Samsung Galaxy S8 and S8 Plus Juice Pack

Mophie is probably most well-known for its Juice Pack batteries that act as an external battery and case in one. I’ve purchased a couple of these at airports around the country when I needed to add battery life to my smartphones and had no option to charge via an external power source.

The Mophie Juice Pack for the Galaxy S8 and S8 Plus are available now for $99.95.

The Juice Pack adds a 3,300 mAh battery to the S8 Plus and a 2,950 mAh battery to the S8. These are rated to provide 39 hours of talk time to the S8 Plus and 33 hours to the S8.

The Juice Pack is a two piece system where the top sixth or so of the case is removed to slide your Galaxy smartphone down and onto the integrated USB Type-C port. Soft touch material lines the inside and outside of the case to protect your phone and make it easier to hold onto.

As with most Juice Pack cases, you likely need to use the included headphone dongle to use the 3.5mm headset jack since the bottom piece is deep and not many headsets have such a long connector to use them without the extension cable. You can use your standard USB Type-C plug to charge the case and your phone through the case though.

The case does not hamper your ability to use the edge screen panels on your Galaxy. Raised corners of the case do offer some drop protection though, which is often the worst area to drop your phone.

July 15, 2017 brianradio2016

I just received word from Gunter Born that Microsoft has pulled three of its Outlook patches:

  • KB 4011042 – July 5, 2017, update for Outlook 2010
  • KB 3191849 – June 27, 2017, update for Outlook 2013
  • KB 3213654 – June 30, 2017, update for Outlook 2016

As I mentioned last week, Microsoft still hasn’t fixed any of the Office 2007 bugs it introduced in the June security patches.

Microsoft has posted a hodgepodge of manual fixes for the seven identified and acknowledged bugs in its June Office security patches.

For those of you with Automatic Update turned on: Remember, Auto Update will install patches, but it won’t uninstall them. There’s no specific recommendation that you uninstall the yanked patches — indeed, there’s no description of the problems caused by the latest round — but earlier versions of the bad patches-of-patches had a nasty habit of crashing Outlook.

July 15, 2017 brianradio2016

I like the Start app, not only because it’s an easy-to-use alarm, timer, and stopwatch app, but also because it can be used to trigger certain apps (which include Facebook, Fantastical, Instagram, Music, Pandora, Path, Reeder, Rdio, Safari, Sparrow, Spotify, and Tweetbot) when the timer reaches zero.

July 15, 2017 brianradio2016

Isn’t it annoying when you pop your finger on the Touch ID button of your iPhone or iPad only to have it rejected?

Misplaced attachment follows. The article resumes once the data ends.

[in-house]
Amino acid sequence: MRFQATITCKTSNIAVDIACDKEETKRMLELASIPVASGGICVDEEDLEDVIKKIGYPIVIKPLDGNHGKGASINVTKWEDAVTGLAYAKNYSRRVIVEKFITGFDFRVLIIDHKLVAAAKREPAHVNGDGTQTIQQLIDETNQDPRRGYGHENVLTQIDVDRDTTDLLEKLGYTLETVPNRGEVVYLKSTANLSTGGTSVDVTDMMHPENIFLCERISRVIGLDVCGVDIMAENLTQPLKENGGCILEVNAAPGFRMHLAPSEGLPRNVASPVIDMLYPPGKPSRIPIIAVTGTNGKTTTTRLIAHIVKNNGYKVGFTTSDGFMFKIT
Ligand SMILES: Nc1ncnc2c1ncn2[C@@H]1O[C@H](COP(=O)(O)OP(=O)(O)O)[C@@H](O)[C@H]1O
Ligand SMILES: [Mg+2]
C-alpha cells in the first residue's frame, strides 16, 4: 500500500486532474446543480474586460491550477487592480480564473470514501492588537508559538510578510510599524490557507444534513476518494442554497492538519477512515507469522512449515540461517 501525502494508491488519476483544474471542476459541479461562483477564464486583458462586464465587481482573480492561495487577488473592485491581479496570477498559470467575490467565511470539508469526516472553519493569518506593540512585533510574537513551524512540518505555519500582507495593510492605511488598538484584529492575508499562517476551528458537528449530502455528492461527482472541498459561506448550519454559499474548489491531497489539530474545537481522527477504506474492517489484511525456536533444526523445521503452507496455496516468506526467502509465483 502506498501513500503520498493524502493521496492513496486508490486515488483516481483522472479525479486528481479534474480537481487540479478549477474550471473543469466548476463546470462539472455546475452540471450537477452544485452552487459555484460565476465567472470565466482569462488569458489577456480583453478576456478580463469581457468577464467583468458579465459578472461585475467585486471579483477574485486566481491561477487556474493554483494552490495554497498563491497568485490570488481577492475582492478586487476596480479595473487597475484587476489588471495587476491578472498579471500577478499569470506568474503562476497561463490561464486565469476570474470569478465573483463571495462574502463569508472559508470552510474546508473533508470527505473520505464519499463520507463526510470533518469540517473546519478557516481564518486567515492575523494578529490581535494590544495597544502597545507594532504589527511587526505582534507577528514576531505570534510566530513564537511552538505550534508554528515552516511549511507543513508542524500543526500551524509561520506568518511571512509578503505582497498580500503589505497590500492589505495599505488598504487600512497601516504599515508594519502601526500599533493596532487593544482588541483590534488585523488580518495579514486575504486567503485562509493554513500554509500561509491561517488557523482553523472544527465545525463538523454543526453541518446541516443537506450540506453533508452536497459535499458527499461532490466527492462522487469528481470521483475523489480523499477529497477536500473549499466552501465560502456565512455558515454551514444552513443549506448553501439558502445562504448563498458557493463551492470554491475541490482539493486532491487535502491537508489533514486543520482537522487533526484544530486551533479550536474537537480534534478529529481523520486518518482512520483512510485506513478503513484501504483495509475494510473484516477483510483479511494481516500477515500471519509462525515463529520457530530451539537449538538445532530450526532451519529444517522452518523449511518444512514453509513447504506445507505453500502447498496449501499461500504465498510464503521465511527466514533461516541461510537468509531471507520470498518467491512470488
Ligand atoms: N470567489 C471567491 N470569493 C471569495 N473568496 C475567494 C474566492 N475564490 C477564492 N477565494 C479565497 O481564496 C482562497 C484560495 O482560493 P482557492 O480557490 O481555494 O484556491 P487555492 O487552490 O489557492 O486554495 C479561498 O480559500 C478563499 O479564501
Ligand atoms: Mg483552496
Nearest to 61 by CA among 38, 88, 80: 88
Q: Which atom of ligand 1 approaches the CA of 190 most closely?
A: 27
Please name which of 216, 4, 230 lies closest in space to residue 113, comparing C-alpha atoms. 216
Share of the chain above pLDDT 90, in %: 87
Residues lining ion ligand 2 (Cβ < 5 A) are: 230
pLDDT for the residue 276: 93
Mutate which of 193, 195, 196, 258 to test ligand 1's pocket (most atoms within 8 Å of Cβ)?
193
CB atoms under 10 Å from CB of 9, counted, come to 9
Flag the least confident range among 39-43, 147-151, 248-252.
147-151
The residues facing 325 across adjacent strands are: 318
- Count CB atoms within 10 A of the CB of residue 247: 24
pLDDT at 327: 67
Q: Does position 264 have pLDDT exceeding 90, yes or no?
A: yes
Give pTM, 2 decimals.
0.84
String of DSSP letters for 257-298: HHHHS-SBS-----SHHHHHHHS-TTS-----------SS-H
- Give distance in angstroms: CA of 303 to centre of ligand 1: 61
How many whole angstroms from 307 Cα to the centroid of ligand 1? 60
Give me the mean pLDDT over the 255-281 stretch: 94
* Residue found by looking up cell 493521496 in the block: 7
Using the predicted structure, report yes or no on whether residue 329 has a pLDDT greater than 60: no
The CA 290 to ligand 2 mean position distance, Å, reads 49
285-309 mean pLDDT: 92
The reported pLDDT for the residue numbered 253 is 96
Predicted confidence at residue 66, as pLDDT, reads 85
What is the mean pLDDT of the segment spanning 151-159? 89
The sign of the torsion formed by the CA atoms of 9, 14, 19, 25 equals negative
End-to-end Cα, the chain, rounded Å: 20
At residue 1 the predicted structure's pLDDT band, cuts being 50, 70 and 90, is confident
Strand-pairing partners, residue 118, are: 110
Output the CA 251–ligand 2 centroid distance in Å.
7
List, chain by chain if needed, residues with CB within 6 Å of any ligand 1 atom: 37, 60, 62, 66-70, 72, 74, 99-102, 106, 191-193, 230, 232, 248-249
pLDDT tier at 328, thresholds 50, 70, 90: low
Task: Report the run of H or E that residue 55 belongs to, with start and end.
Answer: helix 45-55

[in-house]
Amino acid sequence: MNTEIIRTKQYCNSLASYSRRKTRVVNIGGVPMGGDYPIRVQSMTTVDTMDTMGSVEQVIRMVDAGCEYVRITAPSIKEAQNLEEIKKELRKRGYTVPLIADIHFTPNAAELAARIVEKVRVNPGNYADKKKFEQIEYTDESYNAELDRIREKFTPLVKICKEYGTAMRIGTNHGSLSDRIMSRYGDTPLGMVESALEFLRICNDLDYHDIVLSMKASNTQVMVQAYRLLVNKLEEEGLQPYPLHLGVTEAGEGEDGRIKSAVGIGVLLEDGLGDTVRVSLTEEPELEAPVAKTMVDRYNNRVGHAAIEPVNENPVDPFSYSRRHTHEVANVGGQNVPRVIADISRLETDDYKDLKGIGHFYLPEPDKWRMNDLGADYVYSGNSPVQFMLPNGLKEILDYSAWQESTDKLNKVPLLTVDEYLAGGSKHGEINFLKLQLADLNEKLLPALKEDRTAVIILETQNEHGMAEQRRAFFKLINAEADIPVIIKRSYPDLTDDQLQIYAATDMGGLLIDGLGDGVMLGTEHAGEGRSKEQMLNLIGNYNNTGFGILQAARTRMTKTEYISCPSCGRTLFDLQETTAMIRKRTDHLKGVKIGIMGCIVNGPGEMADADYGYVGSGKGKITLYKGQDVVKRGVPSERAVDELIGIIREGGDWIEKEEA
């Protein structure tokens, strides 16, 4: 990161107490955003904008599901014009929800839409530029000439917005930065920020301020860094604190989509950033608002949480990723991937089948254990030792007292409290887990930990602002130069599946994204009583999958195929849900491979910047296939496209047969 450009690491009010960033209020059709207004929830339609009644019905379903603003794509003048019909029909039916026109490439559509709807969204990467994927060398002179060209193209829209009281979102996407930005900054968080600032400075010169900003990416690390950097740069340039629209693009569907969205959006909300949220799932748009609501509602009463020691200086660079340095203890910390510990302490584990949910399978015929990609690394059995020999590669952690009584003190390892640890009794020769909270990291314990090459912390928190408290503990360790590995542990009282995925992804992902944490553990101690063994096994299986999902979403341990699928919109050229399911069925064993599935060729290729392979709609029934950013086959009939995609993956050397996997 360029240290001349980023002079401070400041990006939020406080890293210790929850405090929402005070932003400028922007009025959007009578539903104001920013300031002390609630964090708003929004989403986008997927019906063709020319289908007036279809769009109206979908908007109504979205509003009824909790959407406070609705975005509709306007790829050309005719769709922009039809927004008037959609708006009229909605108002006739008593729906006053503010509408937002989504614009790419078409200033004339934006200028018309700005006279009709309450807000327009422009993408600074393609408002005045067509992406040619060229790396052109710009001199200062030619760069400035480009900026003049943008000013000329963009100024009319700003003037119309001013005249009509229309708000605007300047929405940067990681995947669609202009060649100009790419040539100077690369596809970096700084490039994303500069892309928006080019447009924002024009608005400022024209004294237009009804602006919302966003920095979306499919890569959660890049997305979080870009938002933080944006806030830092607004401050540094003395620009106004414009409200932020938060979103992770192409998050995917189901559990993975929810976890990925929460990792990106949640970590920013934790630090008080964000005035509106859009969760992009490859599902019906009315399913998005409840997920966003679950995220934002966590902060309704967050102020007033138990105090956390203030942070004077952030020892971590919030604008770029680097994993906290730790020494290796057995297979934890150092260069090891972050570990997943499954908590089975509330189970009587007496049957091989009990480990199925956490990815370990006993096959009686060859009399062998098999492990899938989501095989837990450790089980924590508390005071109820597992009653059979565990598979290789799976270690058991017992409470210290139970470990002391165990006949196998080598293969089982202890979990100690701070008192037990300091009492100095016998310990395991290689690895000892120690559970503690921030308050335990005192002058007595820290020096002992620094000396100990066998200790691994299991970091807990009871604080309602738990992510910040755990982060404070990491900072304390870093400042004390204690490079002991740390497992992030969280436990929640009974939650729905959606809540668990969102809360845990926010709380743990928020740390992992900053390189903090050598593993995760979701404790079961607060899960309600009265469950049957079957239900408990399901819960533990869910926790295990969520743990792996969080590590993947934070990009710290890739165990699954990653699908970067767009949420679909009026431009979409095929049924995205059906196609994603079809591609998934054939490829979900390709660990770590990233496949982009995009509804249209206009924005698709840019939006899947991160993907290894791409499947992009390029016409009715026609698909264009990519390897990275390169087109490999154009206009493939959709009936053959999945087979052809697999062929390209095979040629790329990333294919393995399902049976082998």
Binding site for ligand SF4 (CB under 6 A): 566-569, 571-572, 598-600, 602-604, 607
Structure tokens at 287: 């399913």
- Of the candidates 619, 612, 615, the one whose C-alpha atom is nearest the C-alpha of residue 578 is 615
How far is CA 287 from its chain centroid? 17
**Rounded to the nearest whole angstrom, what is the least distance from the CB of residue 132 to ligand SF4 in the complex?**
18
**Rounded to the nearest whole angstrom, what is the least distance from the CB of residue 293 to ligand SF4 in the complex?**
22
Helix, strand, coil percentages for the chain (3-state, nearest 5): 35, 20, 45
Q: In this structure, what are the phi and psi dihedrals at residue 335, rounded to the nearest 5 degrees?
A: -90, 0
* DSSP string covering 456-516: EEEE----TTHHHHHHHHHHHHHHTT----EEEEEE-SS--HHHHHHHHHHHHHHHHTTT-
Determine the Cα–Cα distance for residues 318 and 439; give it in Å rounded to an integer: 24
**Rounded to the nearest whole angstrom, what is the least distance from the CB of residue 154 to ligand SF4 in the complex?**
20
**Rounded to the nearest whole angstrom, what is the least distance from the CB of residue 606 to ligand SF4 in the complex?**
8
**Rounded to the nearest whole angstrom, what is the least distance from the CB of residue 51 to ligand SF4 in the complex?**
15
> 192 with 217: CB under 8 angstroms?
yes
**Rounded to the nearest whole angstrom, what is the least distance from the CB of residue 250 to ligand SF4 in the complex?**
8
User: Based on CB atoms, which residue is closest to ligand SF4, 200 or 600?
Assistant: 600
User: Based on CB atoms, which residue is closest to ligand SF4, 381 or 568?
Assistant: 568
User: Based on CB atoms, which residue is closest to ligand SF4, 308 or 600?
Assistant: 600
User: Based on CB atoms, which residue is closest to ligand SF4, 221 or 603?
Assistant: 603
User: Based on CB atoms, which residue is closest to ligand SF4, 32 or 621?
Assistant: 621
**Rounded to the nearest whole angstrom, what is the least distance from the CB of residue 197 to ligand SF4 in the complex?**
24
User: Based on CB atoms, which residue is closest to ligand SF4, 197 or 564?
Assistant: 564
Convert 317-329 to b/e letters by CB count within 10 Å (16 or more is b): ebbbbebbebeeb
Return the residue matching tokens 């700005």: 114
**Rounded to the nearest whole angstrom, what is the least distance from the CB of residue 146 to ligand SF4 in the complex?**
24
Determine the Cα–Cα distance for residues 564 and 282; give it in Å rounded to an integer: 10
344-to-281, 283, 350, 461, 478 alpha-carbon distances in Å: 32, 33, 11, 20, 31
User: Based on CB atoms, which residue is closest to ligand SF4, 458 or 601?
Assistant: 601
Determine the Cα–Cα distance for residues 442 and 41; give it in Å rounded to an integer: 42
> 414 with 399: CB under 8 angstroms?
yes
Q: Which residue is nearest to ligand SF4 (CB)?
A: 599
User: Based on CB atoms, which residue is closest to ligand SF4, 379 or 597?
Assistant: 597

Here’s a quick and simple way to improve the accuracy and reliability of Touch ID.

Must read : How much power does your smartphone charger waste?

It’s really simple – since iOS allows you to register multiple fingers, what you do is register the same finger multiple times. By doing this you can press your finger (or thumb) on the sensor in different ways so it gets registers from a variety of angles.

Another thing you can do is since dirty of damp fingers fail to pass muster with Touch ID because it sees them differently to clear, dry fingerprints, you can also register a finger when it’s damp (not soggy or wet) and dirty.

This can be a real timesaver if you have sweaty fingers or operate your iPhone or iPad with dirty hands.

Touch ID & Passcode

Touch ID & Passcode

To do this click on Settings and go to Touch ID & Passcode . You’ll be prompted to enter your PIN or passcode and from there you can add more fingerprints by clicking Add a Fingerprint.

You can add as many prints as you want, and you can give each enrolled fingerprint a unique name (which might come in handy for fine-tuning this trick).

See also:

July 14, 2017 brianradio2016

SAN FRANCISCO — Innovative mobile apps married to increasingly powerful artificial intelligence (A.I.) are rapidly getting smarter — making them even more helpful for users.

These kinds of apps, showcased at VentureBeat’s two-day MobileBeat conference here this week, are designed to anticipate user needs. Who knew, for example, that you can use your smartphone to simplify the process of getting a green card to enter the United States or to streamline corporate travel?

During a “Startup Showcase” session, Visabot showcased its appropriately-named Green Card app. The program is based on a bot that walks users through a series of simple questions that, when answered, generates a package of documents you can file with U.S. Citizenship and Immigration Services to complete the application process.

“When I came to this country, I needed a visa urgently, but it took a month,” said Visibot’s co-founder and chief operating officer, Andrey Ziniviev. “We built this bot to help folks like us come here quickly and legally and not have to pay lawyers thousands of dollars.” Green Card costs $149 and Ziniviev said it’s already been used by 70,000 people to help get their paperwork in order.